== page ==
Pursuant to Kentucky Revised Statutes 61.870-884 and 61.960-975, I request that you provide me with copies of all Holder Reports, including the social security numbers provided by the Holder, received by your agency during the calendar year 1990. Our preference is that you provide this information on computer disk, however, if you deny that this is possible we would request paper copies of the actual Holder Reports.


Although it may have been somewhat premature as an appeal under the Open Records Act, as the public agency had not yet formally responded to Mr. Hundley's letter of September 22, 1993, Mr. Hundley sent a letter to the Attorney General's Office, dated September 22, 1993, which said in part:


We were informally told by the agency that it would not provide us with the social security numbers of abandoned property owners by mail. We were informed by Ms. Belinda Casey, Project Coordinator of Abandoned Property, that if we traveled to Frankfort we could visually inspect the Holder Reports and copy down any social security numbers provided by the holders. We believe that the agency's refusal to provide us with the requested information is in violation of Kentucky's Open Records Law.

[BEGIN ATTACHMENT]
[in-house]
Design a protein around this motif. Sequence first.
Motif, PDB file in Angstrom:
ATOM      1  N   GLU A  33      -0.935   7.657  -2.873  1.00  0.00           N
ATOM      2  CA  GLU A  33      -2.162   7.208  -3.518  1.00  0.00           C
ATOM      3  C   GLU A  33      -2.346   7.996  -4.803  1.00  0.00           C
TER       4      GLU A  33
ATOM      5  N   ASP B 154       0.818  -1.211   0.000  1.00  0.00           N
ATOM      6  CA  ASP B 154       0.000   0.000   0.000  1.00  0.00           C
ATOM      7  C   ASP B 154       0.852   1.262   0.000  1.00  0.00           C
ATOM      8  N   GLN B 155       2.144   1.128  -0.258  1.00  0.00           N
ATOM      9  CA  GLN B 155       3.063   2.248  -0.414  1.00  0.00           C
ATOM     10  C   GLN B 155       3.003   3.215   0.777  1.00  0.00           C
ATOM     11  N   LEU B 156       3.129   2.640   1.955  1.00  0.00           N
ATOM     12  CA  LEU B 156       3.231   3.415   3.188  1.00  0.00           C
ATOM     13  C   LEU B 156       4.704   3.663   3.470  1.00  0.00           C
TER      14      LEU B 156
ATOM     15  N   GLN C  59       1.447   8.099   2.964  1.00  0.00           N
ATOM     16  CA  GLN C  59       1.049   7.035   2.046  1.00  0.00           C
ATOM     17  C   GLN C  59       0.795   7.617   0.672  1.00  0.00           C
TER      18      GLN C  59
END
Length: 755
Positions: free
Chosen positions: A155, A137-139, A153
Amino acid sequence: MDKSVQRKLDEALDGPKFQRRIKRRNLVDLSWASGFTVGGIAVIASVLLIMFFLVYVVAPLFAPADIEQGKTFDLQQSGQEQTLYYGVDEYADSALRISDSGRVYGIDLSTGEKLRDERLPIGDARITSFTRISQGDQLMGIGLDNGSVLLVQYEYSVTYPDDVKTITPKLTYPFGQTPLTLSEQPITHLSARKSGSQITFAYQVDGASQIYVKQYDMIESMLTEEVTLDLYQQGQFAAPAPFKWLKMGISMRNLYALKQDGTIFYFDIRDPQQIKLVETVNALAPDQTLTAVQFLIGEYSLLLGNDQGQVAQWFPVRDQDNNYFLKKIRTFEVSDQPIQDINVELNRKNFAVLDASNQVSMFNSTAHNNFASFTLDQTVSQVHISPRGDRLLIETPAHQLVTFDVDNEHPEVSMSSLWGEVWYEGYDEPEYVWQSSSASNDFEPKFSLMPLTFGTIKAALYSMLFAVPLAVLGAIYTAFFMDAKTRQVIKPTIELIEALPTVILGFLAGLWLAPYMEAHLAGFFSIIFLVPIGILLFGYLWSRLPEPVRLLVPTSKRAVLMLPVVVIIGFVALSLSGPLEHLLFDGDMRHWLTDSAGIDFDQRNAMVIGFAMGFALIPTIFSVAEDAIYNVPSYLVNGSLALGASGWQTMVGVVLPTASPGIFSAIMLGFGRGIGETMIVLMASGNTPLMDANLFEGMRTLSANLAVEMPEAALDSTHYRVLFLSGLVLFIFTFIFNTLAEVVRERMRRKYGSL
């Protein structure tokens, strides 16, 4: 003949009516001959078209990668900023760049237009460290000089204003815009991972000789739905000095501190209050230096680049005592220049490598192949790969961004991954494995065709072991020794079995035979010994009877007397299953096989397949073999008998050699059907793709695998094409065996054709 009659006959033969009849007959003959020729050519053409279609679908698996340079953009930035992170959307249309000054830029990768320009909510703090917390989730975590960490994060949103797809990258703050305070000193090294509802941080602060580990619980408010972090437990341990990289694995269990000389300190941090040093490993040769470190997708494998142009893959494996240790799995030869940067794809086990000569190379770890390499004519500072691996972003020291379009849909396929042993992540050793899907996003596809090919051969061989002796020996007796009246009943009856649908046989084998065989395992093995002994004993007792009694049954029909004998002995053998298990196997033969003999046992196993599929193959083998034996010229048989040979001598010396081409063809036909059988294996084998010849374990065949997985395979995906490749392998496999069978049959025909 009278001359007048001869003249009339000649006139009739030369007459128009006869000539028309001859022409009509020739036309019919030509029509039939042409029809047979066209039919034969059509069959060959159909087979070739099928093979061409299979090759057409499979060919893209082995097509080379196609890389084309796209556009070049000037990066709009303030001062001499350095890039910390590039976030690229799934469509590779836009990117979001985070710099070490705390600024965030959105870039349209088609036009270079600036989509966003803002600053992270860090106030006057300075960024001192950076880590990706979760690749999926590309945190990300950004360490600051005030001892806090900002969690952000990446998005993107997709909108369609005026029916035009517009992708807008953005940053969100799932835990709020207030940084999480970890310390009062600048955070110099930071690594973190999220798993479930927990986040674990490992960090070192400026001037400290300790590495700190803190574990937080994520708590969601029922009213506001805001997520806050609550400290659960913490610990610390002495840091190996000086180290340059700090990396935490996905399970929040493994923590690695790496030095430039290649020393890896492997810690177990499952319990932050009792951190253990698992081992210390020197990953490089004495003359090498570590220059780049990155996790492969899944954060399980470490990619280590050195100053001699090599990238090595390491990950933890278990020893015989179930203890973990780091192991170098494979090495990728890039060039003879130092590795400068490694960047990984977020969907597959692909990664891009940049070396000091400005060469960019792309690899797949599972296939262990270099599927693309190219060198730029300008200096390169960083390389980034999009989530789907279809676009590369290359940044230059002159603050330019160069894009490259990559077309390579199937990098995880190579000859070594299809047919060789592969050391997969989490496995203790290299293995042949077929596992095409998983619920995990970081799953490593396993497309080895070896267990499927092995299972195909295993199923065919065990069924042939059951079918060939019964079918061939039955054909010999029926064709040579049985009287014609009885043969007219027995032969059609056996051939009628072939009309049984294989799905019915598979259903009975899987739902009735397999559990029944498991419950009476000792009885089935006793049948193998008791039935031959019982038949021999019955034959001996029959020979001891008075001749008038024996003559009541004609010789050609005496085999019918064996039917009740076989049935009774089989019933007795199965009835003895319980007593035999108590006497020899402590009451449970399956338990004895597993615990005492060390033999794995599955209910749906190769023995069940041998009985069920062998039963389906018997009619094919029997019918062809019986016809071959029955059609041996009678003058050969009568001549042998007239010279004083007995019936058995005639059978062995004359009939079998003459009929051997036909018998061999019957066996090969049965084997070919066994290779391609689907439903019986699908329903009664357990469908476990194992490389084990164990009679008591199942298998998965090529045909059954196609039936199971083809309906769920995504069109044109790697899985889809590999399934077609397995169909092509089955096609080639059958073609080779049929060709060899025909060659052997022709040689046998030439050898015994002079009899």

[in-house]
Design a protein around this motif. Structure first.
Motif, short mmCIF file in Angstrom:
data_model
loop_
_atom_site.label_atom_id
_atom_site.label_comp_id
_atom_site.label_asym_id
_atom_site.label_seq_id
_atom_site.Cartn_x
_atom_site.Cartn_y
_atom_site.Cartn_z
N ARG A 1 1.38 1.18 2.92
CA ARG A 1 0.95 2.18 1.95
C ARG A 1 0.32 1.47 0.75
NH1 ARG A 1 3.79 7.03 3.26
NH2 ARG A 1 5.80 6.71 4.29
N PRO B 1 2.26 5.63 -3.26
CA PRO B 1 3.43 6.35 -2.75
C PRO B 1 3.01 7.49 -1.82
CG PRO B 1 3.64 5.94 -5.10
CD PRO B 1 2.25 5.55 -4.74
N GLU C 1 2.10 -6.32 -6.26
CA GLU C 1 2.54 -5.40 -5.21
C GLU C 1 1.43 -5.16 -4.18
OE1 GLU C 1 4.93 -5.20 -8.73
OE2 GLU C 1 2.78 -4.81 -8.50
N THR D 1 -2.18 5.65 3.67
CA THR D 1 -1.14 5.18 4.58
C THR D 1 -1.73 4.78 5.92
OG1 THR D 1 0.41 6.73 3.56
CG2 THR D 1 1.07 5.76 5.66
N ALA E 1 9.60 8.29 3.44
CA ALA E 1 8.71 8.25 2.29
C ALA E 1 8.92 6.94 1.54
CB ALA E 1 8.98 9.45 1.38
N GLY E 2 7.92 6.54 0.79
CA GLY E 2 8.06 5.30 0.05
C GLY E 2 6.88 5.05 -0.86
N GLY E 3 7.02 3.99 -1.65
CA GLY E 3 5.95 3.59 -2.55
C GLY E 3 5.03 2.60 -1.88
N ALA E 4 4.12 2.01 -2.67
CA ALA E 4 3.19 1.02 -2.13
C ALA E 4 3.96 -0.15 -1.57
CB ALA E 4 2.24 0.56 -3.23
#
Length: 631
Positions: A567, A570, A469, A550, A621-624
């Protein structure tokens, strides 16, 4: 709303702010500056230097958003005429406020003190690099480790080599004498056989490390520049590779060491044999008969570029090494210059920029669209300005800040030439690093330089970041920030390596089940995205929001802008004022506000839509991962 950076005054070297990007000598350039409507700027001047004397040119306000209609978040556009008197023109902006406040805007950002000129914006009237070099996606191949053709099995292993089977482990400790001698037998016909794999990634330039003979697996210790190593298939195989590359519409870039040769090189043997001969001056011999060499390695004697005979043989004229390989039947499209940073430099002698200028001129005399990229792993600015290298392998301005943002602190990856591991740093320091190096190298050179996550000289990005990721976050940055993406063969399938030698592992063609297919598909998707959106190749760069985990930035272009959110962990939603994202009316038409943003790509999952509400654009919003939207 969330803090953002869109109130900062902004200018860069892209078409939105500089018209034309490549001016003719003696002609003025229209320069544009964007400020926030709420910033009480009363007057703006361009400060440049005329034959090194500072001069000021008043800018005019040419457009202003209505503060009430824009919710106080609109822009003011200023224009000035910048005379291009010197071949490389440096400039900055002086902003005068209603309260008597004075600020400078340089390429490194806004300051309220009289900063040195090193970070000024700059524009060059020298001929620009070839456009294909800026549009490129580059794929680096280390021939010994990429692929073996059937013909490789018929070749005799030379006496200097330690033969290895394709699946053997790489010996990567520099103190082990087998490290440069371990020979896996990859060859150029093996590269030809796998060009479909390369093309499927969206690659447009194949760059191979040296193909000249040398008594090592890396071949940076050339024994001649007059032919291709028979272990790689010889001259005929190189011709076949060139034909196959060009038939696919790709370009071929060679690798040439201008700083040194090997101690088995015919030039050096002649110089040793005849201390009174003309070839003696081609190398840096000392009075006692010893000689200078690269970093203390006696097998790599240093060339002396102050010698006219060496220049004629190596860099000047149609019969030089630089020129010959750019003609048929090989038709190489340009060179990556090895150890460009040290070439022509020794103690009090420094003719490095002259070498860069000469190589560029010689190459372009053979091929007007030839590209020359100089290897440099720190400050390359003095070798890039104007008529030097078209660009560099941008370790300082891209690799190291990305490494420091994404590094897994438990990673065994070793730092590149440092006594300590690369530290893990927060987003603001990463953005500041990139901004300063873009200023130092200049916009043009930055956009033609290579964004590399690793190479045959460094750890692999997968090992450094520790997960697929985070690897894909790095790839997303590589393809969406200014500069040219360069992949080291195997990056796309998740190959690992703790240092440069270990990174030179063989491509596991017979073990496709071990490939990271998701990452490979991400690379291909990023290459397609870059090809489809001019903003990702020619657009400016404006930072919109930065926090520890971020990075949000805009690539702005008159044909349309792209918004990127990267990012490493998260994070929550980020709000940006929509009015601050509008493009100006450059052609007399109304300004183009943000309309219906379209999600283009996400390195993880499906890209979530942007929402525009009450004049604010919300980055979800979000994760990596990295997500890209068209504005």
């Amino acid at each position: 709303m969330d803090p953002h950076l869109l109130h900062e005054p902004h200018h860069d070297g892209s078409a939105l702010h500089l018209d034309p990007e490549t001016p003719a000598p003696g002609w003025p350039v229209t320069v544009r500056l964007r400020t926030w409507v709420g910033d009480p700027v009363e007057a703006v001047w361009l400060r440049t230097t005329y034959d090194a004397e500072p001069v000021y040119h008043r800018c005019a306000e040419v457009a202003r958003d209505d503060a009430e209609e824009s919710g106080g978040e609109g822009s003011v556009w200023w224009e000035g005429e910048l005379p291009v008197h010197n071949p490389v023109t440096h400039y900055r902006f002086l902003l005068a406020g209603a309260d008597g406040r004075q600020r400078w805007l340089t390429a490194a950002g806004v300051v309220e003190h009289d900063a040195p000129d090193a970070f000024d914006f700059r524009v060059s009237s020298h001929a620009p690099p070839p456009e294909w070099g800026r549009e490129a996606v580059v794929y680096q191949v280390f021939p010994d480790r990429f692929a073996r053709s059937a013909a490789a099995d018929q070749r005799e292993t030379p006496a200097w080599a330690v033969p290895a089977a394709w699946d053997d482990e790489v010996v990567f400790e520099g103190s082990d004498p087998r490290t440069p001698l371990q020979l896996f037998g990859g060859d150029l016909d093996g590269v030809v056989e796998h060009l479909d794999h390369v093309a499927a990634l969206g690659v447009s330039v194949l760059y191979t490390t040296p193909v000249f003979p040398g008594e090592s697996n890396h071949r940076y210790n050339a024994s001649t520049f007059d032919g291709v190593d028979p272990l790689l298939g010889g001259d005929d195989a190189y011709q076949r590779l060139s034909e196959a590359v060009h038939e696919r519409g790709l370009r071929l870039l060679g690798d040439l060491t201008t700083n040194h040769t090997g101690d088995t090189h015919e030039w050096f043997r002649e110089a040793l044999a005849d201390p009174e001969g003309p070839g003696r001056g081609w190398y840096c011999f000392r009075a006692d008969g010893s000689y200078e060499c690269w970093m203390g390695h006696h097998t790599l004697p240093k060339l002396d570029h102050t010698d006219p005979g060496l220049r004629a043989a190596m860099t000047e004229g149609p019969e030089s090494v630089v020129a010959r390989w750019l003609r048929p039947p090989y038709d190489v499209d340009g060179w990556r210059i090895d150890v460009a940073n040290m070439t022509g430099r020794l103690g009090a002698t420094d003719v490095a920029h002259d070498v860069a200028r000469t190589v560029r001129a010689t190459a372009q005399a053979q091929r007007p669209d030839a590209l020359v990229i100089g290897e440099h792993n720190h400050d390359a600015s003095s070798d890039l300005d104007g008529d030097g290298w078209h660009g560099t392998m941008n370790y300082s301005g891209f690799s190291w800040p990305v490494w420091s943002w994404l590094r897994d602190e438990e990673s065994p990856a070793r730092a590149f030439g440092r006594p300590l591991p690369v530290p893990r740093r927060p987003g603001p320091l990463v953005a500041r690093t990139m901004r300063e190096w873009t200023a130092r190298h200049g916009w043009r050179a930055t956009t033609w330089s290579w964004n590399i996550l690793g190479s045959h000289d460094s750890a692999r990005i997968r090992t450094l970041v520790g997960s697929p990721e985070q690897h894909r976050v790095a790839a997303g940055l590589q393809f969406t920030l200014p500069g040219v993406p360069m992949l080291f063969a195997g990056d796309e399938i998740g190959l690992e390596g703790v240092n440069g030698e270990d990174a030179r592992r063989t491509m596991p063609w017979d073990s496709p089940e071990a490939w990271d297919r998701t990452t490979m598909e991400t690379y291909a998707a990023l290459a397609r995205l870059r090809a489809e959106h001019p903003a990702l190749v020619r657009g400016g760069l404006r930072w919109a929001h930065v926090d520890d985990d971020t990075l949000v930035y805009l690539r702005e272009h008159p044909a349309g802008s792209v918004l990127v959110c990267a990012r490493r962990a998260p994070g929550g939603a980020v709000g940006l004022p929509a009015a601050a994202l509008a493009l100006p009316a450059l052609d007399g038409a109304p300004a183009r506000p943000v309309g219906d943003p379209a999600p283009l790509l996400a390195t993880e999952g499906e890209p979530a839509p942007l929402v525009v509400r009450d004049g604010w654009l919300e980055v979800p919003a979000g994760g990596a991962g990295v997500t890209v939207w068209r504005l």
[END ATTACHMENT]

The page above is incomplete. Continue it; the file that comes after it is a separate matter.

Even if the letter to the Attorney General's Office was somewhat premature as an appeal we are treating it as an appeal. Not only did the public agency's subsequent letter to Mr. Hundley, dated October 4, 1993, advise that it would not send him copies of documents which he could have inspected had he traveled to the agency's office in Frankfort, but proceedings under the Open Records Act are more informal than court proceedings. Mr. Hundley's request for documents has